Next, we prepare the evaluation.  During meetings, we usually have maybe ten minutes to put this together while other parts of the meeting proceed.  During the contest, we have five minutes. Regardless of whether this is a contest or a regular meeting, we are very interested in both calling out what a speaker did correctly as well as what he or she can do to improve–and to do the latter in an encouraging manner.  A good evaluation rides that razor’s edge between being too critical and being a whitewash.

Finally, we present the evaluation.  During a contest, we have a strict time constraint in which to do so;  if we go over the allotted time,  we are disqualified.  This presents a particular challenge to the evaluator–to put together a structured evaluation that touches on the most important aspects of the speech they just heard without going overtime.  It forces us to be succinct.  It also helps us exercise our own impromptu speaking skills.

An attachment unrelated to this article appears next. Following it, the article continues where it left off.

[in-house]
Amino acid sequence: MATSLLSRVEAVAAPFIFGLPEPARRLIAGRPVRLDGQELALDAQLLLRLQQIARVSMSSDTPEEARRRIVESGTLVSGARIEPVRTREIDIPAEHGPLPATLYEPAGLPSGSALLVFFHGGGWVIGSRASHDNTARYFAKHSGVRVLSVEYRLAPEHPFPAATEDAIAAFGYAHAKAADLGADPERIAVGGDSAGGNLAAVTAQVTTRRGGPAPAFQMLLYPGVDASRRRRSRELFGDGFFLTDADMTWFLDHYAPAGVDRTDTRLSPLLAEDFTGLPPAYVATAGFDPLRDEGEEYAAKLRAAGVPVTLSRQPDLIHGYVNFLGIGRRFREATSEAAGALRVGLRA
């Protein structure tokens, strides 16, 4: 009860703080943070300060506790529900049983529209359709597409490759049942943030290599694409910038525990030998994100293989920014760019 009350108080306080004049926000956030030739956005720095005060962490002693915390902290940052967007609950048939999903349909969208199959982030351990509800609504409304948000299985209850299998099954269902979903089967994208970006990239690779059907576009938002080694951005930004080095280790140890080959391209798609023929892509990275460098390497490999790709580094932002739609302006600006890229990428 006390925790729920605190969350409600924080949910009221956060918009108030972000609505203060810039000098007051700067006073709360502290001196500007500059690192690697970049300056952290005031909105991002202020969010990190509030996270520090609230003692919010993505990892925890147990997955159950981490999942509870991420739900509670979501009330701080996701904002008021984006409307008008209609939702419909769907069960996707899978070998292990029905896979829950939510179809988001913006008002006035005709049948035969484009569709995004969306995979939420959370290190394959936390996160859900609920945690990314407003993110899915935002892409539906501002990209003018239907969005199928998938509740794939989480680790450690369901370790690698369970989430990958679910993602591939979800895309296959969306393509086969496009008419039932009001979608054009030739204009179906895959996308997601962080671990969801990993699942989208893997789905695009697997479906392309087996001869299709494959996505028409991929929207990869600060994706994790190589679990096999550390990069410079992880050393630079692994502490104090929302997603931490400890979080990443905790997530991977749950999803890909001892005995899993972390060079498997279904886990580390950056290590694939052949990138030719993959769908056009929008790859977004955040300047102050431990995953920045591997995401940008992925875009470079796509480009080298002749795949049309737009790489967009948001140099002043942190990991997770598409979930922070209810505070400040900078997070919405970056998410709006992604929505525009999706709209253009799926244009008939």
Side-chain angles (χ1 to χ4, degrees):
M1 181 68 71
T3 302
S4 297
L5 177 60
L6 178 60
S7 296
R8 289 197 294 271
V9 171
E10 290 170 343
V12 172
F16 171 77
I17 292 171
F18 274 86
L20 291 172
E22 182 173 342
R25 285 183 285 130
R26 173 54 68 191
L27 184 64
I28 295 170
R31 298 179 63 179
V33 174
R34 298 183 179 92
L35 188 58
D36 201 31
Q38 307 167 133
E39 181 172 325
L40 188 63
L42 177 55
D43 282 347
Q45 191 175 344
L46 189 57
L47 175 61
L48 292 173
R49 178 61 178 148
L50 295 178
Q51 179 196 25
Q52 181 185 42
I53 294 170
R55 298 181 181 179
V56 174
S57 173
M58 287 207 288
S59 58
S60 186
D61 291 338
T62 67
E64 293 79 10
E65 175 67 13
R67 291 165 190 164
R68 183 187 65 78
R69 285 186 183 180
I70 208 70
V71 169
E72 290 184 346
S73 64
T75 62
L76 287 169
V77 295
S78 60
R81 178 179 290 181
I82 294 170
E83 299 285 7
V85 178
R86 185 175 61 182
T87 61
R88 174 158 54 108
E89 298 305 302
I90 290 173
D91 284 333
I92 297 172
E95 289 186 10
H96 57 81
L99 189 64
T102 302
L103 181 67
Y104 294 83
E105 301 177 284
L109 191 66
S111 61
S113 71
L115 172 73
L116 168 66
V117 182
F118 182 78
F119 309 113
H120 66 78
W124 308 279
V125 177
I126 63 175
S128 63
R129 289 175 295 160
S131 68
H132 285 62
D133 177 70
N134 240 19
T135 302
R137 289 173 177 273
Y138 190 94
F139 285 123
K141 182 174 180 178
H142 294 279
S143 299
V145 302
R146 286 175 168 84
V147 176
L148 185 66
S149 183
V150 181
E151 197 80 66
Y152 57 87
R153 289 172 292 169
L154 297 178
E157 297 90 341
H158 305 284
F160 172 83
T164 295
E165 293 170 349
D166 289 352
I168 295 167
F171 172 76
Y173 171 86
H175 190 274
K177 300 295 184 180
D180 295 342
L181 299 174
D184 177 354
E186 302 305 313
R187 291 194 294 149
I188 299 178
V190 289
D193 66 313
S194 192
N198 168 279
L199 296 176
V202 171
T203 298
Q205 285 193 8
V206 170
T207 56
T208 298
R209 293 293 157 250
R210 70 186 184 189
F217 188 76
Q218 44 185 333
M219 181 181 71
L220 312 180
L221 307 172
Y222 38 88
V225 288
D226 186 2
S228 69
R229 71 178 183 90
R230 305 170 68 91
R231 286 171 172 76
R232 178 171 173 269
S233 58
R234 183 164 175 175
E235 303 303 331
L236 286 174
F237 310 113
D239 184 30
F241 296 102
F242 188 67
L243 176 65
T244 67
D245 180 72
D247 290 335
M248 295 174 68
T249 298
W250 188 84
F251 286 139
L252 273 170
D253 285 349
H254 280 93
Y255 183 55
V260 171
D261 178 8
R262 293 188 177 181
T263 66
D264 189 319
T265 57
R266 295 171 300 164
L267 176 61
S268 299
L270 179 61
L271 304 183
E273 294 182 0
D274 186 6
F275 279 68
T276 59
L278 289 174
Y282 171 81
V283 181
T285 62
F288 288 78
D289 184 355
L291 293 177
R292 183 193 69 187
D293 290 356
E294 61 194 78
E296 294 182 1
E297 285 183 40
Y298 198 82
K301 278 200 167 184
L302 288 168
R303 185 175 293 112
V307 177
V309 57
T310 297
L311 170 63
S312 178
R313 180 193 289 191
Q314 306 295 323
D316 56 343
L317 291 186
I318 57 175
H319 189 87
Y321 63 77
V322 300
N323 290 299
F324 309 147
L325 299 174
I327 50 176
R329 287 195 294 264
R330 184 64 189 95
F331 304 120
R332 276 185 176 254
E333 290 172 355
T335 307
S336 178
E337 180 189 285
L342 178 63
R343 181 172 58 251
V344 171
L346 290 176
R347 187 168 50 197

Learning to do these evaluations has been enormously beneficial to me.  It’s made me a better listener, and has honed my skills and increased my comfort level in giving feedback that is both constructive and supportive.  That has certainly helped me outside of Toastmasters –SCA A&S judging comes to mind, but I’ve also used it as a project manager.

This particular contest has four levels.  You start at the club level, then move up to the Area level (an Area has 4-6 clubs), then to the Division level (a Division usually has 4-6 Areas), and then, finally, to the District level (our District has nine Divisions).  I won the Division C contest, which means that on April 14, I’ll be competing in the finals against all of the other Division winners.  (The International Speech contest has a fifth level–the International semi-finals and finals, which bring together winners from over 100 Toastmasters districts).